In a program co-funded by Kildonan UnitingCare and the Goulburn Valley Community Fund, the swimming lessons at Aquamoves aim to ensure both mums and children better understand pool etiquette and water safety.
The importance of such a program is underlined by the fact that 39 Victorians died from drowning last financial year. Four of these were children aged under four, the highest number on record for more than decade. A further 64 near-drownings were reported.
According to Lifesaving Victoria, approximately 20 per cent of drowning deaths in Victoria involve refugees, new arrivals and international students.
Swimming lessons are a part of life for most Australian children. But migrants who originate from land-locked countries often have little exposure to beaches and water safety. Some also come from regions with great political instability, where swimming lessons were simply not a priority.
With the number of migrants to Victoria increasing every year, water safety awareness is more important than ever.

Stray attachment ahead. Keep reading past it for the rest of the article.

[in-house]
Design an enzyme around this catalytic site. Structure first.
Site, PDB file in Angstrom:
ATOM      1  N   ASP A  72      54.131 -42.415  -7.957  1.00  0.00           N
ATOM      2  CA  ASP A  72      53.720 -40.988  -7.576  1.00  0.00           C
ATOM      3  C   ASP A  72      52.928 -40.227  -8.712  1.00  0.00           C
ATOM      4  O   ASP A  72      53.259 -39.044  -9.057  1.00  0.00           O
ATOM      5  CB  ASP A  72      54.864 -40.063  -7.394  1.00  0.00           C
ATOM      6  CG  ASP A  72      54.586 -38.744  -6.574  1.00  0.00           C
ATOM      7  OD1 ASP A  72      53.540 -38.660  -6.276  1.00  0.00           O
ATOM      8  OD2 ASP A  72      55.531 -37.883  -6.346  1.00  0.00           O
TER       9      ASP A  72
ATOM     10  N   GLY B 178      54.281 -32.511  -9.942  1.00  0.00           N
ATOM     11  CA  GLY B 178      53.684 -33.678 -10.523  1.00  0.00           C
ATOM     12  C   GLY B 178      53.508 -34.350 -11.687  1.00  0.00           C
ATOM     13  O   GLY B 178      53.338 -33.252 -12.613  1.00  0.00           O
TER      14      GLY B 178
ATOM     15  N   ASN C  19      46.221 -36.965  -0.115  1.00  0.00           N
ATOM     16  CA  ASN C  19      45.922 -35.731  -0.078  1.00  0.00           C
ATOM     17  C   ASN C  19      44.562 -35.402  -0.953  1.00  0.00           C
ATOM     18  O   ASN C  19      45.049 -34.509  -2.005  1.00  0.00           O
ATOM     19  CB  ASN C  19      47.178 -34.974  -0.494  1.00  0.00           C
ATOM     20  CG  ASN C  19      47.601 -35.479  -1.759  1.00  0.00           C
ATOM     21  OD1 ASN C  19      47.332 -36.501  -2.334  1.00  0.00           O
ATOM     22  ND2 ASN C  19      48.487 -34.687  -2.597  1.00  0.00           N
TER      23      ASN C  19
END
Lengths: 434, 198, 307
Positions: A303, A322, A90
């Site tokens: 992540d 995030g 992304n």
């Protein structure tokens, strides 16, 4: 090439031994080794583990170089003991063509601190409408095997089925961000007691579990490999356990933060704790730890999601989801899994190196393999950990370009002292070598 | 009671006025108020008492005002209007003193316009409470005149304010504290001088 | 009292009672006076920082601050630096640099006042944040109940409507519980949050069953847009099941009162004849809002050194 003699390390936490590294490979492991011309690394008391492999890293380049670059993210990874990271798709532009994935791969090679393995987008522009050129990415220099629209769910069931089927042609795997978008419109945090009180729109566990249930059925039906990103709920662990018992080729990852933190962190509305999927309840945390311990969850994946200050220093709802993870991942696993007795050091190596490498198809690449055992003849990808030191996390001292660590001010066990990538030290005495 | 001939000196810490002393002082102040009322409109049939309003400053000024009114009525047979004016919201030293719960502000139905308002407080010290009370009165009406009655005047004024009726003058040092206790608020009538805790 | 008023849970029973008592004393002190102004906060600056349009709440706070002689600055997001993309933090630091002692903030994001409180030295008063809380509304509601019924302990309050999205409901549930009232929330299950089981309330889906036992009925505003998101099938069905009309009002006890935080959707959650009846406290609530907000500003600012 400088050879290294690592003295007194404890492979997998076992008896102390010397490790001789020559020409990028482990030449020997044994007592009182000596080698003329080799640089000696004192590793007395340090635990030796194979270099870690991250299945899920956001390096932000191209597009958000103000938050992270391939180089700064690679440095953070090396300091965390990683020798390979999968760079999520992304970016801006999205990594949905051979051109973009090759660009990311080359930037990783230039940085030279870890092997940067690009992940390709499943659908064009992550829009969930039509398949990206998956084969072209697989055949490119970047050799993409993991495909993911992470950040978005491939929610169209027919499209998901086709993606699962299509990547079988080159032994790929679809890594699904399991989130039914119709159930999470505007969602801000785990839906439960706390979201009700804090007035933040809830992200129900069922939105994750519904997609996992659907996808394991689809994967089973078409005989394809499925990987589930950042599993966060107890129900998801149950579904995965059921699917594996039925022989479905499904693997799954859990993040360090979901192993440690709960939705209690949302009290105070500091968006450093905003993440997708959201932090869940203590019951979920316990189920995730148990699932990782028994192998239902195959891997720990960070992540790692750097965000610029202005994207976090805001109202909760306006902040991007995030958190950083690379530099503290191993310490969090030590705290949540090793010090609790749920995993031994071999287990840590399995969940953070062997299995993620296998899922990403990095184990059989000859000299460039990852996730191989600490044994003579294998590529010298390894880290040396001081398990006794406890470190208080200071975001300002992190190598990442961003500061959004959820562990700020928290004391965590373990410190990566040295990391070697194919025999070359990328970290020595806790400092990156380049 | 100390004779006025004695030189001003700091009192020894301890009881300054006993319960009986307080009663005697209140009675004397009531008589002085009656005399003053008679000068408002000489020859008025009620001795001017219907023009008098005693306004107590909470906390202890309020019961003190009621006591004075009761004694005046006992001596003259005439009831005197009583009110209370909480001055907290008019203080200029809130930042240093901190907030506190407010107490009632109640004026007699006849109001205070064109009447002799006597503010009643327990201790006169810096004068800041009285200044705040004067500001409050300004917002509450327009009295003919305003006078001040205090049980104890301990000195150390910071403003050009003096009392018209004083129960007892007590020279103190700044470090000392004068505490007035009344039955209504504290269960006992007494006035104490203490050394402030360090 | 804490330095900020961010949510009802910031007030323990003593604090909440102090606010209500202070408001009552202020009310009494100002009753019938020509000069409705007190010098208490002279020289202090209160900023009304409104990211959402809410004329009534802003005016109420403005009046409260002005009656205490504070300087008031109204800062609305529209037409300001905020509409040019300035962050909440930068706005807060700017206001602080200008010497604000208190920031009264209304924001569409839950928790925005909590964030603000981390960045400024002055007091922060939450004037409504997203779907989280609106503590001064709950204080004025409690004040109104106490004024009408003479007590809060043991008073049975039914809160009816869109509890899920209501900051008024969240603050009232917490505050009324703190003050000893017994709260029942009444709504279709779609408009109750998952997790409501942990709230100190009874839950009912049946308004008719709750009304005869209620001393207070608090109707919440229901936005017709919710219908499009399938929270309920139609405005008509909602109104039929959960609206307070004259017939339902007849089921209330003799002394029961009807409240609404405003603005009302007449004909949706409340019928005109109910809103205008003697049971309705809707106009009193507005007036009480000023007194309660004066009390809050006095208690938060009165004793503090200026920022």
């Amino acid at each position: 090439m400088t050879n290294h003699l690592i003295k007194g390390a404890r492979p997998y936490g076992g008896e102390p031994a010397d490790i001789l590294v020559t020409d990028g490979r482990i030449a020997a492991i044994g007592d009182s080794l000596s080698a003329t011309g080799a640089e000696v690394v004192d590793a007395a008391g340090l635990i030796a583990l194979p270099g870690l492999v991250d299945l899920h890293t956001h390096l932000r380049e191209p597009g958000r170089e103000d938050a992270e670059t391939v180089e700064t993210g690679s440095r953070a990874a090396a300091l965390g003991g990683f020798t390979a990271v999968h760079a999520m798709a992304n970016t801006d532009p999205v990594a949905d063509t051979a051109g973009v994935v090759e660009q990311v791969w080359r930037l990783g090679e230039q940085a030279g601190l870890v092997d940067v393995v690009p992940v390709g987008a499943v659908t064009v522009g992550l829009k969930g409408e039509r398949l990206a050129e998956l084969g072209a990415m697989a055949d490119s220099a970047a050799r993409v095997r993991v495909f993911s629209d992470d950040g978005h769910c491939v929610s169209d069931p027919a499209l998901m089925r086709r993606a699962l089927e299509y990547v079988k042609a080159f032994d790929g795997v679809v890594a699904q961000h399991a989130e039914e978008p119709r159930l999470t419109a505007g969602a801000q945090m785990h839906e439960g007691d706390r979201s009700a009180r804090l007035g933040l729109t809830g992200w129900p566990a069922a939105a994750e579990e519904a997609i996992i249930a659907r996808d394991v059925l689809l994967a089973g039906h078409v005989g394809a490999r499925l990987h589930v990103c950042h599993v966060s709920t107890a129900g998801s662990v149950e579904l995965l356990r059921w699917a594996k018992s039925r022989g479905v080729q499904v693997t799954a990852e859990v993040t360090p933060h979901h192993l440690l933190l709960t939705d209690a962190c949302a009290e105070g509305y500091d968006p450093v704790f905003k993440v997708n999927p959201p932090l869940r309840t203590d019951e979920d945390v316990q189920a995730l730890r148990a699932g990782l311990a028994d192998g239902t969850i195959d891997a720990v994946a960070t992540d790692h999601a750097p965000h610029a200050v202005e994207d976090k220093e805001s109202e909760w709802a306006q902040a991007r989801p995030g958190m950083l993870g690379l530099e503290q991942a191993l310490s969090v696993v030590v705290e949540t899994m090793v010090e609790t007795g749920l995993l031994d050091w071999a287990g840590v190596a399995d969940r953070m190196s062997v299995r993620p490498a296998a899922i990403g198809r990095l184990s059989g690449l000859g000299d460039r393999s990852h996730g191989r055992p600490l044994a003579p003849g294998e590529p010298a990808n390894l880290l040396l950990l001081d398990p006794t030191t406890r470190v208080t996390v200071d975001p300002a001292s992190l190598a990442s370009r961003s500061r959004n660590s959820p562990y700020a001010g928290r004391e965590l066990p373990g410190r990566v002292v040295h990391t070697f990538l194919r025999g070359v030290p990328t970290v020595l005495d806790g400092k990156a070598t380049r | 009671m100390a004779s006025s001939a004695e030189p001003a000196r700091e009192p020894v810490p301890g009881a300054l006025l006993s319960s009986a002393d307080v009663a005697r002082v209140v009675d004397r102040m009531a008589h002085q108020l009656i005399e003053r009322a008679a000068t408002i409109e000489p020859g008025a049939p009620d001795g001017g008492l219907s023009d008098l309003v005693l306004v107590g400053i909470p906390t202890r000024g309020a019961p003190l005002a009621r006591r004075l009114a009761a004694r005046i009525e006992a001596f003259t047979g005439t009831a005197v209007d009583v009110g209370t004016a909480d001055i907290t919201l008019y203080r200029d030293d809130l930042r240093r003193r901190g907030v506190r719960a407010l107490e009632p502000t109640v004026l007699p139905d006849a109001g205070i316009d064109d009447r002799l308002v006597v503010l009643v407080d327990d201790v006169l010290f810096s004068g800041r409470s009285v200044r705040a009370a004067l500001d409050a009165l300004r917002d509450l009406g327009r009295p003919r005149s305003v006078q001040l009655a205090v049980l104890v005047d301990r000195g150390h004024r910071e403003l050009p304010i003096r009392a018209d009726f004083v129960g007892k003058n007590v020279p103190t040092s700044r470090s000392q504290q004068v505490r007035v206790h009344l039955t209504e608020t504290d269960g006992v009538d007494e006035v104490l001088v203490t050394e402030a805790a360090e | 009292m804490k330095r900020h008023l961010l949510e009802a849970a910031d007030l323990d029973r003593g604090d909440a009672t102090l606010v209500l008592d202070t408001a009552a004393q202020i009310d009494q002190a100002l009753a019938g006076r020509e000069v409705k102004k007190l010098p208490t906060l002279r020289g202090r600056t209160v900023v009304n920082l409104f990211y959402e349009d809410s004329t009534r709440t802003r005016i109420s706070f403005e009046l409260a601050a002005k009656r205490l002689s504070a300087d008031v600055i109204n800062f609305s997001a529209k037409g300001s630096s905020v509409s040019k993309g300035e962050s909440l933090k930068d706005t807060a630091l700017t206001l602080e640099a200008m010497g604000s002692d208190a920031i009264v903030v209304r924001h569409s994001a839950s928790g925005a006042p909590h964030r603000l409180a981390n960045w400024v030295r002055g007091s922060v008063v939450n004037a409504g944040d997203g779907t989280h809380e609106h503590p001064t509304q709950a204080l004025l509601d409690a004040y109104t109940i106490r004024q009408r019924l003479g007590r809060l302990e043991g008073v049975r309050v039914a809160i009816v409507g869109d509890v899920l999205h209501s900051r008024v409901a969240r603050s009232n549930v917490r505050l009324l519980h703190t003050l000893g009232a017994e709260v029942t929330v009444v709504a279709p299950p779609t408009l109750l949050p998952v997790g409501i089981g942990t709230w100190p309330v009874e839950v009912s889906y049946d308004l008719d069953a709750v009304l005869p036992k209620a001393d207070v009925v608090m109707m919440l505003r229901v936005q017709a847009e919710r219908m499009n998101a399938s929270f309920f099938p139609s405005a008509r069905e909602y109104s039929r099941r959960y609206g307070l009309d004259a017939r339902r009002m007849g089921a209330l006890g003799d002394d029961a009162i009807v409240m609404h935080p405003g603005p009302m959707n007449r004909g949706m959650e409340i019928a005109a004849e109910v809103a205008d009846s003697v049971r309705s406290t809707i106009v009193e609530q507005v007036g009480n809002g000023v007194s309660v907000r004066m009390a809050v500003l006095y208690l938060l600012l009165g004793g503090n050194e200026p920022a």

Kildonan UnitingCare chief executive officer Stella Avramopoulos said participants in their swimming program are learning potentially life-saving skills.
“Water confidence and access to swimming lessons is something many of us take for granted in Australia,” she said.
“Many new arrivals, even adults, have never learnt to swim and this can be dangerous particularly with summer and warmer weather approaching.”
Mums have been provided with culturally appropriate swimming costumes to enable them to participate and are joined by the Kildonan multicultural worker who assists with language.
“Making it as easy and comfortable as possible for the women to participate, combined with the expertise of the swimming instructors, has made the experience a really fun and positive one,” Ms Avramopoulos said.